One Nation staffer, and Pauline Hanson’s right-hand man, James Ashby has lost his bid to see the Commonwealth pay $4.5million in legal costs incurred in litigation with his former boss Peter Slipper.

It is the latest development in a case which dates back almost a decade to when Ashby, in April of 2012, filed a lawsuit alleging Slipper had sexually harassed him via text messages and lewd remarks. At the time, Slipper was installed as speaker of the House of Representatives by the Labor Party after defecting from the coalition. 

Yet in December of the same year, the sexual harassment charges were struck out by Justice Steven Rares, who described it as an “abuse of process” and ruled that the real purpose of the litigation was to bring down the speaker and in turn damage the minority government, which was led by Julia Gillard at the time. Justice Rares also said that the case should never have been brought before a court.

This decision was later overturned on appeal with the case sent back for another hearing, which never eventuated. Ashby would cite mounting legal costs as the reason for dropping the case.

And while the former Labor government agreed to cover Slipper’s legal costs, Ashby was left to cover his own bill which amassed to $3.67million for his own costs and more than $780,000 in costs incurred by his solicitor Michael Harmer.

Advertisement
 Ashby had originally asked the Federal Government in 2018 to have these costs covered, arguing that the Commonwealth had unfairly tipped the scales by agreeing to pay Slipper’s costs. But the request was rejected. Last year a delegate of the Finance Minister wrote that Ashby had chosen to sue despite other options being available to him, and that ultimately it was Ashby’s job to manage his own legal costs.

“Mr Ashby’s position, as the instigator of the legal action, is not analogous to that of Mr Slipper,” the June 2020 reasons read. “While Mr Ashby may have sought redress through other mechanisms, Mr Slipper was required to respond to the legal action once it was instigated by Mr Ashby.”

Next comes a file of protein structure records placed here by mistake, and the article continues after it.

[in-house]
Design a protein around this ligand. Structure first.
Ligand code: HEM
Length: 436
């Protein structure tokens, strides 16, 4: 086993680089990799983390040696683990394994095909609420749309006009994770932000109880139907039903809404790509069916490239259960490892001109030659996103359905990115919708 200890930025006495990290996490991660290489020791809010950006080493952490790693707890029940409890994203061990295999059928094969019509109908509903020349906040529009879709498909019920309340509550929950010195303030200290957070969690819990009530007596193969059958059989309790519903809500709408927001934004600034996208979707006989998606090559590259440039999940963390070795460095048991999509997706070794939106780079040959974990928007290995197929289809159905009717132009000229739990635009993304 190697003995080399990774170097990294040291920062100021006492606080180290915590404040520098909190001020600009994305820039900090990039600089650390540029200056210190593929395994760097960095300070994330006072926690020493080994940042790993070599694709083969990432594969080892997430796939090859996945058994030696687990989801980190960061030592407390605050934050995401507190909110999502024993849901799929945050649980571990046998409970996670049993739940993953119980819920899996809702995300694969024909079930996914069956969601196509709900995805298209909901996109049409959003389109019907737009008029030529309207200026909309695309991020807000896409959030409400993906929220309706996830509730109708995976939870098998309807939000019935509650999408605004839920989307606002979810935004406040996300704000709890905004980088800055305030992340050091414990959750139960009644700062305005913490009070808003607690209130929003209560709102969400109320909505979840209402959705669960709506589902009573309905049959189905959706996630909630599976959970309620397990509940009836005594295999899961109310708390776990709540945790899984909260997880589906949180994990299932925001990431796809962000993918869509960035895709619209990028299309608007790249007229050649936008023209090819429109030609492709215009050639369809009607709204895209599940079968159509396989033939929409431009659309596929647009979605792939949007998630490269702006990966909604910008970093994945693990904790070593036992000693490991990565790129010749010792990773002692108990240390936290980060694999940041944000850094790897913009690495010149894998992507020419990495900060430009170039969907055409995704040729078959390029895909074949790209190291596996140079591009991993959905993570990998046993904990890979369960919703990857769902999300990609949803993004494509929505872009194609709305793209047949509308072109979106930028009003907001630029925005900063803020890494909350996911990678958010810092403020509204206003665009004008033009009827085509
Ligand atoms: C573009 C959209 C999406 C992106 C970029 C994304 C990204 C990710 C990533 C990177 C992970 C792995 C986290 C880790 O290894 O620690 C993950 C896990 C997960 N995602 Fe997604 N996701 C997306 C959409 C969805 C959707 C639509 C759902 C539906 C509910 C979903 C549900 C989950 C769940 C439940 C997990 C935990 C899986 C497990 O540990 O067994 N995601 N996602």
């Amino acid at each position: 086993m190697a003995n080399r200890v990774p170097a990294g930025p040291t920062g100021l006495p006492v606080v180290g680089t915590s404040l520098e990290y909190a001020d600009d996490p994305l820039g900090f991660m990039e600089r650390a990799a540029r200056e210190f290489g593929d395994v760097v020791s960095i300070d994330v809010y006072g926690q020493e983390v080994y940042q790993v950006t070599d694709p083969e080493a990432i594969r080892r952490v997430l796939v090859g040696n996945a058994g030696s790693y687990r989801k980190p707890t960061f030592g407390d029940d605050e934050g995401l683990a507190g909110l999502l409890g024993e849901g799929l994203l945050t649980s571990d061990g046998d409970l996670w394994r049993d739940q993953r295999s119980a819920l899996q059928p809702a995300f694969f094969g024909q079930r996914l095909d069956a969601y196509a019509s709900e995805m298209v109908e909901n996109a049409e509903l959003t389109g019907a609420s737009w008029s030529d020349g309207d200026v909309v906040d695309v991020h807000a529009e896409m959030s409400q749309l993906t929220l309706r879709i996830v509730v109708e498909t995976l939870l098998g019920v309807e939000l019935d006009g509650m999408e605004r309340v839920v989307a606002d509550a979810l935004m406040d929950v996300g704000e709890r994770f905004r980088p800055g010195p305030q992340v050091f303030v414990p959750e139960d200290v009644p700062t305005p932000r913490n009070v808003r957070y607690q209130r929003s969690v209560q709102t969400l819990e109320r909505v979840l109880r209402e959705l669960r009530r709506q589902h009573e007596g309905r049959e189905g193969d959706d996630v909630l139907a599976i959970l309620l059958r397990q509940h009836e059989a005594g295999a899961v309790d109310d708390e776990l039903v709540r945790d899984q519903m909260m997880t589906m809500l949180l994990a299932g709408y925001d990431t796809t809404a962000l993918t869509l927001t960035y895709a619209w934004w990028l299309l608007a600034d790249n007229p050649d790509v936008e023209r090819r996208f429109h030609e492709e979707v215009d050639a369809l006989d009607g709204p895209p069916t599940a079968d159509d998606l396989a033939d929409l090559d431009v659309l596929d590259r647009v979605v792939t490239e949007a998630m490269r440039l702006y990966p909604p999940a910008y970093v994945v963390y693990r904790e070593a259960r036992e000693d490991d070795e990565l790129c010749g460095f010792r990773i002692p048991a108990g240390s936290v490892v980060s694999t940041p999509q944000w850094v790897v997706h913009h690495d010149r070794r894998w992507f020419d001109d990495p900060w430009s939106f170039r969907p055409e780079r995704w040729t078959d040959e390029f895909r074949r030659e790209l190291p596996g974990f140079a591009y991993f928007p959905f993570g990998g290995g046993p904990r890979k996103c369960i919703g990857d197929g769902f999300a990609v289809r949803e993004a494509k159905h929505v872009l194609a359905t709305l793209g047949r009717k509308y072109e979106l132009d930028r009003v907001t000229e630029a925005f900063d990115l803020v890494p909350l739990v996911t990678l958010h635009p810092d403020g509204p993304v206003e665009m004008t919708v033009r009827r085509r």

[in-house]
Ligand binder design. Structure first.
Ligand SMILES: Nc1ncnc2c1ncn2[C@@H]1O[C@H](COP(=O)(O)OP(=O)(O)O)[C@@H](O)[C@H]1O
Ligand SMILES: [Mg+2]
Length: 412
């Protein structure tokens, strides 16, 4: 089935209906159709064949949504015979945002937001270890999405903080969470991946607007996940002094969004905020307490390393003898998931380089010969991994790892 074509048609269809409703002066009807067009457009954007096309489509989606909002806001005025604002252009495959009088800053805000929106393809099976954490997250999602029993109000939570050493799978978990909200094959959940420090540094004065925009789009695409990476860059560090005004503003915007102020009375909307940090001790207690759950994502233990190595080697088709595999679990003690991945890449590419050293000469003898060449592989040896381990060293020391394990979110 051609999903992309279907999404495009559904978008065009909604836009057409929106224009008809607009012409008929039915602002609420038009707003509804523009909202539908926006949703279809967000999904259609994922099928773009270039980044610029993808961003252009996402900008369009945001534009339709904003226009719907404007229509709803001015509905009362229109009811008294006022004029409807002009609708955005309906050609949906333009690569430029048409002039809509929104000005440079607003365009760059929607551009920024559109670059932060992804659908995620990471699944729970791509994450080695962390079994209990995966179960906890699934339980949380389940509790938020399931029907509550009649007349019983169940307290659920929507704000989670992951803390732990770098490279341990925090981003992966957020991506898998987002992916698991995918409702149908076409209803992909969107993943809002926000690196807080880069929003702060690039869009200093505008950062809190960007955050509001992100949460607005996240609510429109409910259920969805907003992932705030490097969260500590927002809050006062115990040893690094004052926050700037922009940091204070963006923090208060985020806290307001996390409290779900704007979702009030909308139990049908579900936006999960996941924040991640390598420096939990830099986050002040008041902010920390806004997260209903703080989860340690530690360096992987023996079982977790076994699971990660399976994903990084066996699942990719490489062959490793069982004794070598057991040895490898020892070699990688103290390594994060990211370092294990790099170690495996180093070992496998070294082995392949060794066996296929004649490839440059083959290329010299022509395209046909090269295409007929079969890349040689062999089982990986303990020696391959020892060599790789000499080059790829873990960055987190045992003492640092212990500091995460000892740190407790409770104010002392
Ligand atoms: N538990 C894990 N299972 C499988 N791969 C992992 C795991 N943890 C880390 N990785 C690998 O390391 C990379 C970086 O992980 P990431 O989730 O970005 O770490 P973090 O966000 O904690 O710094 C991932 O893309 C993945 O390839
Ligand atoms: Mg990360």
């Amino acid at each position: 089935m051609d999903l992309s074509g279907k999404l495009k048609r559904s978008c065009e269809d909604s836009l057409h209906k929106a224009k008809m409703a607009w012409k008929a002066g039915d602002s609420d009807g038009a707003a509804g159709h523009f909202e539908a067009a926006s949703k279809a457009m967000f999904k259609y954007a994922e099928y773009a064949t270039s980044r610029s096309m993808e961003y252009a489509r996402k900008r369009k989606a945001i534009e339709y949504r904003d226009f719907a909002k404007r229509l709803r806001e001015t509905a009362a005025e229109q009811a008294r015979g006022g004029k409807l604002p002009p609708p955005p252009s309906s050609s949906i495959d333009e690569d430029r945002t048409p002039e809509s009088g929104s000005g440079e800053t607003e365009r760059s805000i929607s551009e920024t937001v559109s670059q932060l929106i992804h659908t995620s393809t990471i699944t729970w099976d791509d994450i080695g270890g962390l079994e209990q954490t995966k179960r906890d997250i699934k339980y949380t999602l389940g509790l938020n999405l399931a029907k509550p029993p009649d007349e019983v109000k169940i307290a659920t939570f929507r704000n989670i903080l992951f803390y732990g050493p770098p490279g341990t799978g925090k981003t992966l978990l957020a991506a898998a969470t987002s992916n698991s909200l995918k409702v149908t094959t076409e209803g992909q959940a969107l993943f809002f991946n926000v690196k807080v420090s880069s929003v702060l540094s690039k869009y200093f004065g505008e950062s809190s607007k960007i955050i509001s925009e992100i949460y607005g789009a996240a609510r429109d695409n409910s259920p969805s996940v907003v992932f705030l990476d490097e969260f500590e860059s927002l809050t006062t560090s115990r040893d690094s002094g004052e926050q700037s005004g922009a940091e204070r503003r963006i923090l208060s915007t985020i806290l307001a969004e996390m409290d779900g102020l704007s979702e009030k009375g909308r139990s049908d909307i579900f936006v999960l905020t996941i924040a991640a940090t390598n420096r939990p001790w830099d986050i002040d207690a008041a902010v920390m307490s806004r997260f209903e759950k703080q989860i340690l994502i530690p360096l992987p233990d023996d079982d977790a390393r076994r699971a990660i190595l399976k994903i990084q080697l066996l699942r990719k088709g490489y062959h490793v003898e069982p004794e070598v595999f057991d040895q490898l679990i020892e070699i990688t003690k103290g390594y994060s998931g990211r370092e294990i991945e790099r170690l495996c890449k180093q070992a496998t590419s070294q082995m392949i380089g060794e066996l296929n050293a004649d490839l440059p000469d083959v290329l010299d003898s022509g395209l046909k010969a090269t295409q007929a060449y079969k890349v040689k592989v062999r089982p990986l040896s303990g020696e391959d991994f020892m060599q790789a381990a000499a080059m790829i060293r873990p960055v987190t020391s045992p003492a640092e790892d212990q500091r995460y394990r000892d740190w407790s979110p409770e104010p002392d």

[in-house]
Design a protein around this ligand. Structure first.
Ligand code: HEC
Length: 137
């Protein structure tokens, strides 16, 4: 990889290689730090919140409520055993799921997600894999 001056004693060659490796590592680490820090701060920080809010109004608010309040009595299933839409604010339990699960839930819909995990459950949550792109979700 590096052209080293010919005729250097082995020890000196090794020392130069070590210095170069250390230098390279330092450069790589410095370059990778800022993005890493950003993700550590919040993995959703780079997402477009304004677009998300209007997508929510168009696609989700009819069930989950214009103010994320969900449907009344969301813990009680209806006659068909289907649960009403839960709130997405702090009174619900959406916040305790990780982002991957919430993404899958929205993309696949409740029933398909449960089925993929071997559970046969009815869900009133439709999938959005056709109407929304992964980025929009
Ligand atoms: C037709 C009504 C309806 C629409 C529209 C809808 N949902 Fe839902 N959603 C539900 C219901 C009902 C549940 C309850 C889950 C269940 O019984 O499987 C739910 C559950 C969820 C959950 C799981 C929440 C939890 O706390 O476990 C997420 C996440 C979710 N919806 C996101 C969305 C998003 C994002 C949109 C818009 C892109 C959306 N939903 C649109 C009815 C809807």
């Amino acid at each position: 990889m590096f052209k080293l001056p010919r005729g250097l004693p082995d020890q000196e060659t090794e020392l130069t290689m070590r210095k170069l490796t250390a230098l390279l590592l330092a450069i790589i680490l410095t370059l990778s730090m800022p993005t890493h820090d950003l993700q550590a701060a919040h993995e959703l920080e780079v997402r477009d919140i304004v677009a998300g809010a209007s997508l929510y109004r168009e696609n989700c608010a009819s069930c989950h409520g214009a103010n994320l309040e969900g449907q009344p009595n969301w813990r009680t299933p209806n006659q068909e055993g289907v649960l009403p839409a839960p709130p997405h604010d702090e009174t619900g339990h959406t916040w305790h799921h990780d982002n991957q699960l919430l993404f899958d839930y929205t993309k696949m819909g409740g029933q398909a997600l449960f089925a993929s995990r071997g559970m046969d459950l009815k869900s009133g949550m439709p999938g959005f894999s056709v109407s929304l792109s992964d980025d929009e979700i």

Ashby claimed the department had failed to properly address his status as a whistleblower, a claim that was yesterday, rejected by the Federal Court. Justice Robert Bromwich said, “Mr Ashby considered that his asserted status as a whistleblower, and his asserted public interest motive in bringing the proceeding against Mr Slipper and the Commonwealth, were of great and even determinative significance in his application for an act of grace payment. However, the delegate (of the Finance Minister) was not obliged to share that view or to treat such claims as being significant, let alone determinative.”

Ashby also failed in his bid to convince the court that the appointment of a decision-maker inside the finance department was flawed.

A second arm of the case, which centres on Ashby’s claim that the rejected grace payment application was an adverse action contrary to the Fair Work Act, will proceed in February.

© Star Observer 2021 | For the latest in lesbian, gay, bisexual, transgender, queer and intersex (LGBTIQ) news in Australia, be sure to visit starobserver.com.au daily. You can also read our latest magazines or Join us on our Facebook page and Twitter feed.